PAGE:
- Try not to compare. I find this one tough when I am ill, especially if I watch too much TV. This person has the perfect life, that person is never bed-bound and in pain, they would handle this situation better than me. None of these thoughts help, and are most likely untrue. I tried watching Sport Relief to remind myself how lucky I was, but actually that just made me feel more guilty that I had felt sorry for myself! So, my advice, as hard as it is, try to take control of your mind to stop comparing – it’s one of the greatest causes of unhappiness and does none of us any good.
- Be kind to others. When you are a patient, or in pain, depressed or down, you can feel like you have nothing to give to others. And if you are someone who likes to give, this makes it even worse. But you can always be giving, however small it may feel, the ripple effect will kick in… a smile, a kind word, a compliment, a touch. Give it a go!
- Be kind to yourself. Now sometimes this one is the hardest of all. We can be so tough on ourselves. Maybe we can be impatient or a bit short-tempered. Forgive yourself, you’re ill. Maybe we feel weak and pathetic. Forgive yourself, you’re human. I try to do something that shows self-compassion, like giving myself a facial or mini-manicure. Or reading a message from a friend that is uplifting. However small, whatever it may be, do something for you.
- Surround yourself with positives. Avoiding the doom and gloom in the world can really help when you’re struggling, as can filling your life with positives where possible. A funny film, a happy book, positive people. This can truly make a difference. (Thanks Nik for your Netflix recommendations!).
- Move. As someone who can’t exercise most of the time due to my health, it is very frustrating when you are continually told to exercise and what a difference this will make – I have always struggled with this, since I would if I could. But what I learnt from my physio in the hospital is that if you move your muscles in any small way this can be beneficial. You can do this lying in bed (I circled my ankles at first!), sitting up if you are stronger, and then of course whatever you are capable of given your physical state. There is no doubt exercise is beneficial, but again it’s not about comparing; find what’s right for you, however small. As I watched Sport Relief this was hard, but I reminded myself of my physio’s words and remembered to stick with what was personally appropriate.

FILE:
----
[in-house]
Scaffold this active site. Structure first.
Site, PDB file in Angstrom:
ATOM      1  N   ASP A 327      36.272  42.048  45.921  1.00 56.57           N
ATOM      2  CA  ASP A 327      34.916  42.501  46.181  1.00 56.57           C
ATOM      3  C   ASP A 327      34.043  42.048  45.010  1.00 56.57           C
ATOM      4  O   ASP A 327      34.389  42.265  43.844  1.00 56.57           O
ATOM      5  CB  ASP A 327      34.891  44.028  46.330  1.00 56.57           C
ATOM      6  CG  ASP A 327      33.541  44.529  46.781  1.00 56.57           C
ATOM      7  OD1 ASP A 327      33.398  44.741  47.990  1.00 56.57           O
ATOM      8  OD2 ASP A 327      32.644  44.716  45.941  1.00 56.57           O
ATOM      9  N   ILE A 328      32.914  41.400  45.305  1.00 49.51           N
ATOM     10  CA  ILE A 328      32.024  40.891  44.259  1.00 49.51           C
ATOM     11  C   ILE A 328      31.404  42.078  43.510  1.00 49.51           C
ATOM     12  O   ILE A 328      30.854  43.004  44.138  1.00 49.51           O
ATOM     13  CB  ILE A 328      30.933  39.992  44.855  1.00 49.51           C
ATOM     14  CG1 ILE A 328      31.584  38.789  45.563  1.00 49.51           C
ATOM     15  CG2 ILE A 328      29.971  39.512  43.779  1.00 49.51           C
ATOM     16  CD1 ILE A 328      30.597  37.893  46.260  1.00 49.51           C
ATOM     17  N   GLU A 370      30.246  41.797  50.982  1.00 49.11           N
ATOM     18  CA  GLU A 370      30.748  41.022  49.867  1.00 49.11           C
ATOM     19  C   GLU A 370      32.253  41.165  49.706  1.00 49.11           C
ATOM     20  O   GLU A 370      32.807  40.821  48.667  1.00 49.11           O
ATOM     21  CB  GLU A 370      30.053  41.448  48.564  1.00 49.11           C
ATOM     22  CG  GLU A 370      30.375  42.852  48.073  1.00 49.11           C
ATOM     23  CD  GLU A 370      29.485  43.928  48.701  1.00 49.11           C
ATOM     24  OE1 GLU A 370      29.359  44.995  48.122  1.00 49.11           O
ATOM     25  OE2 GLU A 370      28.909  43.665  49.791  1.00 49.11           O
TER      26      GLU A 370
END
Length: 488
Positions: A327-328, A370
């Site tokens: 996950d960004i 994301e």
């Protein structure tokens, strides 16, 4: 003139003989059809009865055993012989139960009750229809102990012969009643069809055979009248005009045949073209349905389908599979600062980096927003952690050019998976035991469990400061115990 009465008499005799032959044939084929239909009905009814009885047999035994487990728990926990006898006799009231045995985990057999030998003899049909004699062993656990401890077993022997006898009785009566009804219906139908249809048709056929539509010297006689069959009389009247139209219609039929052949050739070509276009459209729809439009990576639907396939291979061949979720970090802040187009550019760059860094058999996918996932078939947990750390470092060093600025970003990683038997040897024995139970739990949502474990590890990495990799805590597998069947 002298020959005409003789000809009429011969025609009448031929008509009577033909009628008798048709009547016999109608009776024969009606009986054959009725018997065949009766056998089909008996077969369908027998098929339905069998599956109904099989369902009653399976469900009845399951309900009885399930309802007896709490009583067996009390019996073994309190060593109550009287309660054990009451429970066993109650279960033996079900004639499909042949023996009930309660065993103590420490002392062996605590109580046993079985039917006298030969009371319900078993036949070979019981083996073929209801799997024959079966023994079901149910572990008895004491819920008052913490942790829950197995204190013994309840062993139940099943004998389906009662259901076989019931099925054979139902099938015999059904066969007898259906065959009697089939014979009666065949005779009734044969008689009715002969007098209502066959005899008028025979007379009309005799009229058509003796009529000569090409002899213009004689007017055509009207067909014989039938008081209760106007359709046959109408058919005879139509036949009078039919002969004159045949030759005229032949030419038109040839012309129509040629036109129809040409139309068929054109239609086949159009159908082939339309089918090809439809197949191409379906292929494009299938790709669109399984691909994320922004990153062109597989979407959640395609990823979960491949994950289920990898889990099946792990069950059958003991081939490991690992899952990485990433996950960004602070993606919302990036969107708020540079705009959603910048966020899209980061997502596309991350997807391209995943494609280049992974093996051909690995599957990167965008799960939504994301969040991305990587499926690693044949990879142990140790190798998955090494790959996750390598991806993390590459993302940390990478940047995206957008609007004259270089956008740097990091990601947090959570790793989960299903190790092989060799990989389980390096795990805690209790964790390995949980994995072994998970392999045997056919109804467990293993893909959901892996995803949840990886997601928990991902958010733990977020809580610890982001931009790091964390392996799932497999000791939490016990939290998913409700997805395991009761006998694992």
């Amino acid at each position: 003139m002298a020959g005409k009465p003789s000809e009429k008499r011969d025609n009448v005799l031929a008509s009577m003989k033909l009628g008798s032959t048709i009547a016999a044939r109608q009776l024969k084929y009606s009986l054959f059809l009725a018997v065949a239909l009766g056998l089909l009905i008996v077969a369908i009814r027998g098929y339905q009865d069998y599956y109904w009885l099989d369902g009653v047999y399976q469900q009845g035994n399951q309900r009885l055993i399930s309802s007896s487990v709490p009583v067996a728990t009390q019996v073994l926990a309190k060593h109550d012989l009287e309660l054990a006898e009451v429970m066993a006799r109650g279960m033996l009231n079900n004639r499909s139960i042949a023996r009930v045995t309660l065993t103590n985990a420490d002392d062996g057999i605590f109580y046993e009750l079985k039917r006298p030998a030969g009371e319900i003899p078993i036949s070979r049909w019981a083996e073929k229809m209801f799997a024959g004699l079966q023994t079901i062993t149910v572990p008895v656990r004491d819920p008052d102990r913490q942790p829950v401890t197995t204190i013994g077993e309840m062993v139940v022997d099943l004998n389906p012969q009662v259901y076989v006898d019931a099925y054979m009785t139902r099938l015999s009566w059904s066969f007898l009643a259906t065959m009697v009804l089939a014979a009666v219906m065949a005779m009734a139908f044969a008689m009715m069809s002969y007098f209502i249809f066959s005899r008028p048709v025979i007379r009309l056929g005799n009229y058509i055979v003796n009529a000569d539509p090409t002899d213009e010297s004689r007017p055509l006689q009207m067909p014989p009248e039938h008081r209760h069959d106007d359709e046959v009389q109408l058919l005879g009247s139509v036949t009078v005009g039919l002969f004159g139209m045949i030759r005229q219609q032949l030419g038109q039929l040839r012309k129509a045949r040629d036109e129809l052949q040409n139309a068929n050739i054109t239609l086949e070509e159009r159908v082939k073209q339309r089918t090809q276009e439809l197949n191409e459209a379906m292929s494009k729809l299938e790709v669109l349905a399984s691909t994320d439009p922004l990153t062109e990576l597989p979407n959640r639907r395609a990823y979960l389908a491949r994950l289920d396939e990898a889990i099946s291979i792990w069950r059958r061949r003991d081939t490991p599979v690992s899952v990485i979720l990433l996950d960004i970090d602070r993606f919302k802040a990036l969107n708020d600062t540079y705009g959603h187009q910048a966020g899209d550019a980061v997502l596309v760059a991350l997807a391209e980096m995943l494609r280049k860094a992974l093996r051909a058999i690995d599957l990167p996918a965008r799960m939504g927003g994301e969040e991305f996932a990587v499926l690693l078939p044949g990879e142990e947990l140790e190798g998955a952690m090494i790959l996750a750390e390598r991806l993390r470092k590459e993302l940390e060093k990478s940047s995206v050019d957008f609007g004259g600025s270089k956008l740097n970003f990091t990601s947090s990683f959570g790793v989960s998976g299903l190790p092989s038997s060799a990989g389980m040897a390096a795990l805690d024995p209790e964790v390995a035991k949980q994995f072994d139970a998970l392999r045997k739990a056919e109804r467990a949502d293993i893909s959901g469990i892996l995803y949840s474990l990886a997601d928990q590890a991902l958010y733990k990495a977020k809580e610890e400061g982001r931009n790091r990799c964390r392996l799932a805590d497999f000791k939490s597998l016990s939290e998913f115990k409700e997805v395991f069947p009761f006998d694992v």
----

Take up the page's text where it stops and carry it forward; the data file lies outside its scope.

- Change of Scenery. This may just be moving from your bed to the sofa. For me walking into the corridor of the hospital with the sunlight shining through the glass, made me realise that the world was alive, and so was I! Putting on a different pair of jim jams you wouldn’t normally wear when you’re sick. Or if you can, just getting a breath of fresh air and sunlight. Even if it is a walk in the garden or a ride in a car with the window open. Feel the air!
- Breathe. This was my most useful tool before and after the operation. Breathing in slowly through the nose, and out through the mouth. To calm me, to reduce the pain, to help me get moving. And when you feel up to it, if only for a minute or two try meditating. It can really help.
- Be Grateful. I know, I know – I am on about it again. But expressing and focusing on gratitude can really help. I am so very grateful to my parents, my family, my friends and all of those who have supported me, including all you Hubbers who sent my kind words! To my surgeons, the medical staff and their teams – their kindness, caring and professionalism has truly moved me.
Finally remember, Everything Changes, nothing stays the same. There is always hope, there is always kindness, there is always love. Even if you can’t feel it at this very moment, know that is there.
So surgery complete, lessons learnt, I am on the mend. As my physical strength returns so too does my mental. Sometimes it’s the other way round. Whichever, it matters not. What does, is that when I am fighting fit I shall be building upon my toolkit again, re-filling my bag of emotional and mental supports so that it’s full and flowing for future times of need.